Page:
The 3 billion of them that are already connected in some form have made it very clear they have no problem whatsoever recording and sharing the full suite of human experience, and in nearly every case, for free, without shame.
          So once the saturation is total, you are dealing with a global brain with 3 billion full sets of sensory organs, a full generation of human and machine intelligence data miners picking through the inputs those organs have captured, and more often than not, swapping and/or donating the gains from exchange at velocities, densities, and flat distributions that exceed, by orders of magnitude, the utility of the parameters the industrial notions of ‘intellectual property’ or ‘information security’ can rationally, effectively, efficiently or fairly manage.
          Those who have ‘won’ the ‘game’ of industrial society under those parameters have no choice but to attempt to export their strategies into the new space, but as a practical matter they fail to properly ascertain what it is, and why it is here in the first place. No radicalism is required to comprehend what I am stating, it is an obvious truth.
          So the totality of ‘surveillance’ is in the fact that the eyes, ears, mouth and skin of the internet are essentially going to be nestled in the pocket of every human being alive, and probably only 6 years from now. All of us are probably better off if access to, and the interpretation of, the living record of the real time history of earth and it’s human beings is an open process, because as a practical matter, ‘enforcement’ of the hierarchical, regressive, alternative, will likely be disastrously ineffective and brutal.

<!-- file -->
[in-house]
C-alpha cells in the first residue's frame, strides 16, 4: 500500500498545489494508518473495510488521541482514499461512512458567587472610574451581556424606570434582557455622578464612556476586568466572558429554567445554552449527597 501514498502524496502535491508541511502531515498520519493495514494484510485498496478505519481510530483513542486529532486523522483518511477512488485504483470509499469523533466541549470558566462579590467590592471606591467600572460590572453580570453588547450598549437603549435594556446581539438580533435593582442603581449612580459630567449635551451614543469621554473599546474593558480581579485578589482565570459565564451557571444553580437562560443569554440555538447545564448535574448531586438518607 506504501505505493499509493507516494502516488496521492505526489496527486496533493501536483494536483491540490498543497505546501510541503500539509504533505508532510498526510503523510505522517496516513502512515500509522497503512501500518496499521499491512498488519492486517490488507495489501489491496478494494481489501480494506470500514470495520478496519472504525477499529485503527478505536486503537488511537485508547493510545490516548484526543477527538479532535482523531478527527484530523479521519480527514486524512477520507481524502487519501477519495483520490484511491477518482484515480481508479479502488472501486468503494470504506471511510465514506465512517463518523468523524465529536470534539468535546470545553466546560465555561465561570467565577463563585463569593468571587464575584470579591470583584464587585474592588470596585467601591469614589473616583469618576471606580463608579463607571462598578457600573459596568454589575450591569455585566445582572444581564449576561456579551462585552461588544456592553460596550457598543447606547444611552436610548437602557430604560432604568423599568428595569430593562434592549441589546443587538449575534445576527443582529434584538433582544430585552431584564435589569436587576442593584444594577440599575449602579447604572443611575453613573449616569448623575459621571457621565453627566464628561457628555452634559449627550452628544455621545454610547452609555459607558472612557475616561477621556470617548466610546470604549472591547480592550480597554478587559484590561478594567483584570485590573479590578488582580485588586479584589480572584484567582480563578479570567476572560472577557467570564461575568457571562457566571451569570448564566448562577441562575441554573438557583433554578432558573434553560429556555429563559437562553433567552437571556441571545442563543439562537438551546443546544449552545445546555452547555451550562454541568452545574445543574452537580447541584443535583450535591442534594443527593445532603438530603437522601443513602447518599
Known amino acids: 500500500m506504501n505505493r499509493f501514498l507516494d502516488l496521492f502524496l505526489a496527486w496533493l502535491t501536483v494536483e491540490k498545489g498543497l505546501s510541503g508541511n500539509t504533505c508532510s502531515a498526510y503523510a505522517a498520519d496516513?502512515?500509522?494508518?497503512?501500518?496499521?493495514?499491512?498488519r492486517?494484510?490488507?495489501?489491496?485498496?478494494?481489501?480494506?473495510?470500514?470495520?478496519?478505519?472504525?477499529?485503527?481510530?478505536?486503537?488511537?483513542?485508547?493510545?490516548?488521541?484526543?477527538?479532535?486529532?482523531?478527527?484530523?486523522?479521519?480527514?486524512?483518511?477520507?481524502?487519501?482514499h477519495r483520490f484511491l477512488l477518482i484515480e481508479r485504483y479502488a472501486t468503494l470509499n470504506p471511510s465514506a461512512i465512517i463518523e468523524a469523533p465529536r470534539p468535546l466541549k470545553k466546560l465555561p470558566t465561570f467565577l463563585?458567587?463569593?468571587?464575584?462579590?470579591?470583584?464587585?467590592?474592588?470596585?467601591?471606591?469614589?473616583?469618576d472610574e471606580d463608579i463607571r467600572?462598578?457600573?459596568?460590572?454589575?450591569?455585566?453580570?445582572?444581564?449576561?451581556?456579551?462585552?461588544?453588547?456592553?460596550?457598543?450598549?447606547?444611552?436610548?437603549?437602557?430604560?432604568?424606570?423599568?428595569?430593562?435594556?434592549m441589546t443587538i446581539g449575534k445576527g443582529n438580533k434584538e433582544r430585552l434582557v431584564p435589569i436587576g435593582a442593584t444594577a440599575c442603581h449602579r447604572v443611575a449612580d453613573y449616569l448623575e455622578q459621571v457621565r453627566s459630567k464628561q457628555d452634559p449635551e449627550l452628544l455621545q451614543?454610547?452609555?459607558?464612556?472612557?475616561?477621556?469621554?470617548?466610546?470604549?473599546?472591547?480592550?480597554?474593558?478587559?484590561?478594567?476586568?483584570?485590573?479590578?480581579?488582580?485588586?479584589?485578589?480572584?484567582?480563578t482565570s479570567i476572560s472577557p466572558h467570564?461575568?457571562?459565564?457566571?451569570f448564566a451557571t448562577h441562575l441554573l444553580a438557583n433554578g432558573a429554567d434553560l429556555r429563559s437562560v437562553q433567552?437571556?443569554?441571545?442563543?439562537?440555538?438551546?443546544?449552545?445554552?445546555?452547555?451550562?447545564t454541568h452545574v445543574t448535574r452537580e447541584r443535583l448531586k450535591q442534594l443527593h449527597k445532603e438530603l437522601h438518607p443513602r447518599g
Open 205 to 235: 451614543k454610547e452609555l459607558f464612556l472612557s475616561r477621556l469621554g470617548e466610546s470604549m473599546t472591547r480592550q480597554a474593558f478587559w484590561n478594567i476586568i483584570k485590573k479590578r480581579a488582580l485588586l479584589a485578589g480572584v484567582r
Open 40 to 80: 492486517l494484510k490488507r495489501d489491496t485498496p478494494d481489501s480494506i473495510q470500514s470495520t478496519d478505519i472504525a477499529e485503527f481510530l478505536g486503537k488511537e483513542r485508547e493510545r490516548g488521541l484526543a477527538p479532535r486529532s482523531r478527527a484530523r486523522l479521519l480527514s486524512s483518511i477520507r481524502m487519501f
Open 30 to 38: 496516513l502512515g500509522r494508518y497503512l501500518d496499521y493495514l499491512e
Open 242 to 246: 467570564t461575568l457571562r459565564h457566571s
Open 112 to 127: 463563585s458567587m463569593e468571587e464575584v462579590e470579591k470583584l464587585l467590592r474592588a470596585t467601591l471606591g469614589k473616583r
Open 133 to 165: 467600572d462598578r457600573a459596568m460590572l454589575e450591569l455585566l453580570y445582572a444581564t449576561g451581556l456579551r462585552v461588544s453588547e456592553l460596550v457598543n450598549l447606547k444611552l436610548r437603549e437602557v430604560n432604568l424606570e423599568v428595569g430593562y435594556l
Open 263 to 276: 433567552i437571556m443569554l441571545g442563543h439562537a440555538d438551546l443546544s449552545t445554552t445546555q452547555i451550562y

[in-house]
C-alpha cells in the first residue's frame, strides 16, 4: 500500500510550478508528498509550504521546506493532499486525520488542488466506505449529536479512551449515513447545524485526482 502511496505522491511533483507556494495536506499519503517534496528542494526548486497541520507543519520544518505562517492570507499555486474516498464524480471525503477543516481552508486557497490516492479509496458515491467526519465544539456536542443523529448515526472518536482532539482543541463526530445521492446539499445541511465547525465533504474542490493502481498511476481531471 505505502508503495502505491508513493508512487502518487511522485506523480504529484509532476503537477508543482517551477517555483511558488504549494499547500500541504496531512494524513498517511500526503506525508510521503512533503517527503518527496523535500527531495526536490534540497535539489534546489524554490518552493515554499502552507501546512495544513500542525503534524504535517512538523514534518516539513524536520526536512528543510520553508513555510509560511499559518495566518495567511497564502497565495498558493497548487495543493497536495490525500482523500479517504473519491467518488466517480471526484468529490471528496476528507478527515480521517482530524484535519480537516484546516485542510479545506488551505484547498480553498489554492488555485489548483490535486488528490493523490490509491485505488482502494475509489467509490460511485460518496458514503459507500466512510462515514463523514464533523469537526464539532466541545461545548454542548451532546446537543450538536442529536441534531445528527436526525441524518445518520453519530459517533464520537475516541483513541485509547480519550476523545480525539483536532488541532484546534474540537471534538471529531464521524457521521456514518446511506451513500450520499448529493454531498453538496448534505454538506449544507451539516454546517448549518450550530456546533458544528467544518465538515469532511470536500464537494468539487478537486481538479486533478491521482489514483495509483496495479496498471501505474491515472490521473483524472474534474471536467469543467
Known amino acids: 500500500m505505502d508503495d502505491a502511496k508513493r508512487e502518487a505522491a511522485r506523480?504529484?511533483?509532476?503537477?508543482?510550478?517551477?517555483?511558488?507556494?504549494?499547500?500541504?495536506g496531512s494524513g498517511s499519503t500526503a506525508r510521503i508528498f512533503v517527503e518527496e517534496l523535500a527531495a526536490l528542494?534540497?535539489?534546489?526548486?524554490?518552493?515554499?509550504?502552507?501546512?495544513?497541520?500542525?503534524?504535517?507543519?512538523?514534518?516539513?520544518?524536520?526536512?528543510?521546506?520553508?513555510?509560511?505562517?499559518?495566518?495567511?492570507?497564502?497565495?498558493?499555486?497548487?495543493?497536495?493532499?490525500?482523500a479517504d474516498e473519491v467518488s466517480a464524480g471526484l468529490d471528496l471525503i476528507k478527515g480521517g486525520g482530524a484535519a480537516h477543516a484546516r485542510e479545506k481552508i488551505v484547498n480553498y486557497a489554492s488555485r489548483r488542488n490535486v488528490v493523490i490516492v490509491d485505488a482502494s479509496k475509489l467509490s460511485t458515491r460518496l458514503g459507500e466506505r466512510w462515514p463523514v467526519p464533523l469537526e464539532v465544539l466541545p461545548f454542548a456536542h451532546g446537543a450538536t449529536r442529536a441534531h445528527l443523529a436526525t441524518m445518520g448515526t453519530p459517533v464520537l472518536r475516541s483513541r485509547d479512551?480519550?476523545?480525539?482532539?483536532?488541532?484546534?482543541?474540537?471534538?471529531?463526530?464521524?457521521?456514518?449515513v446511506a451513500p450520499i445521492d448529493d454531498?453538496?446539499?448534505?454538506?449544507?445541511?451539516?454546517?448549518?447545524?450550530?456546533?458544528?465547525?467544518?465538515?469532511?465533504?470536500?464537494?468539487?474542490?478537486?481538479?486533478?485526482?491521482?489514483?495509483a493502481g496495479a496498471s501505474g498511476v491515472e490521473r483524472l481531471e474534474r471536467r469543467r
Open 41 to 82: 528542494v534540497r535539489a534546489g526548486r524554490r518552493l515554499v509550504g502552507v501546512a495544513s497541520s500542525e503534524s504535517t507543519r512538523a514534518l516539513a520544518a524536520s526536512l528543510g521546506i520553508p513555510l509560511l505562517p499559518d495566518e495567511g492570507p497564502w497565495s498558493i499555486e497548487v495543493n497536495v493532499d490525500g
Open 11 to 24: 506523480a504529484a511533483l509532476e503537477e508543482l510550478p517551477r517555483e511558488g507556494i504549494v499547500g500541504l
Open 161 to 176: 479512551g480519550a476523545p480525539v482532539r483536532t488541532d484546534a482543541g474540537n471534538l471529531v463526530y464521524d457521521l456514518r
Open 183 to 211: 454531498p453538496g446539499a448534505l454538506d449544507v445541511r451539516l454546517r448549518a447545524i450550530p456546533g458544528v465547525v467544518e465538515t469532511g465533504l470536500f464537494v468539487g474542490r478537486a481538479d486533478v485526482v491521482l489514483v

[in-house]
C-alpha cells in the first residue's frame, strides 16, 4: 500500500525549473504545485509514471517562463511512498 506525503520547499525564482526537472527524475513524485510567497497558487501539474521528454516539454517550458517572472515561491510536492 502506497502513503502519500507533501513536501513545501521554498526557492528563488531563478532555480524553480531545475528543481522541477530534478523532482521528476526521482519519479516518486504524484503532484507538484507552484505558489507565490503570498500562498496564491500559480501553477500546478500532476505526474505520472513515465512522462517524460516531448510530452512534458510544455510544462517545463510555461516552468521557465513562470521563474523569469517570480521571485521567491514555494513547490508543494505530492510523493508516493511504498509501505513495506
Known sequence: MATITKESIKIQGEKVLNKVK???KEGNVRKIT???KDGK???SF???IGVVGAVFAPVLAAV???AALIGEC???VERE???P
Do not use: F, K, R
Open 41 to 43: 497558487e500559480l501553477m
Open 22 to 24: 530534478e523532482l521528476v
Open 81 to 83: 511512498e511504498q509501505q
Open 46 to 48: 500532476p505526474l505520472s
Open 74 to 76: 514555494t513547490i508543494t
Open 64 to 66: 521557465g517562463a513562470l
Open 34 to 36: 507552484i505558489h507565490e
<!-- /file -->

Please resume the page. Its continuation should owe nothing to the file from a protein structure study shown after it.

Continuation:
Paying any attention to Egypt? Syria? Tunis? Turkey? Venezuela? Comprende?

          • Gjallarbru | Apr 1, 2014 at 10:09 pm |

            Comprende? Why do you take that tone? Did I make you feel threatened, or did I insult you? If so, it was not my intent.

            In principle, taking for granted you theory was correct, I actually was in agreement with you. I mearely saw a problem with application of a “flat distribution” principle. I saw that some could afford themselves the means to escape that, meaning a cycle of ever more surveillance might be necessary. Such a cycle would be difficult to maintain. In other words, a flat distribution of surveillance might be harder to do in practice.

            What I would preach is a return to the value of discretion, something that admittingly has all but disappeared. If we were to return to discretion as a social value, the posession of any equipment wouldn’t matter. It is not impossible that people will also just get fed up with the surveillance and reject it, and its equipment. I know I am fed up.

            As for your argument of Egypt and friends, well the cameras in your phone might not be enough if you don’t get guns. That’s why a coup d’état generally involve the army at some point. I’m not convinced you have a valid point here.

            That being said, if flat distribution is possible, I do think it is a solution to some degree. So take a deep breath, we are not so far from agreeing. Et toi, comprends-tu?

  4. You are clearly an America hater who is suffering from conspiratorial ideation.
    You may even be suffering from a mental illness.

    • Truth Teller | Apr 1, 2014 at 5:44 pm |

      You are clearly a stubbornly stupid person that jumps to illogical conclusions rather than examining facts.

      Tell me, exactly what have I posted that is not true? Remember your dislike or disbelief are not proof.

      You are suffering from terminal ignorance.

      • I was being totally ironic. I guess these things do not translate well into text sometimes. Or I could’ve been more obvious, I guess.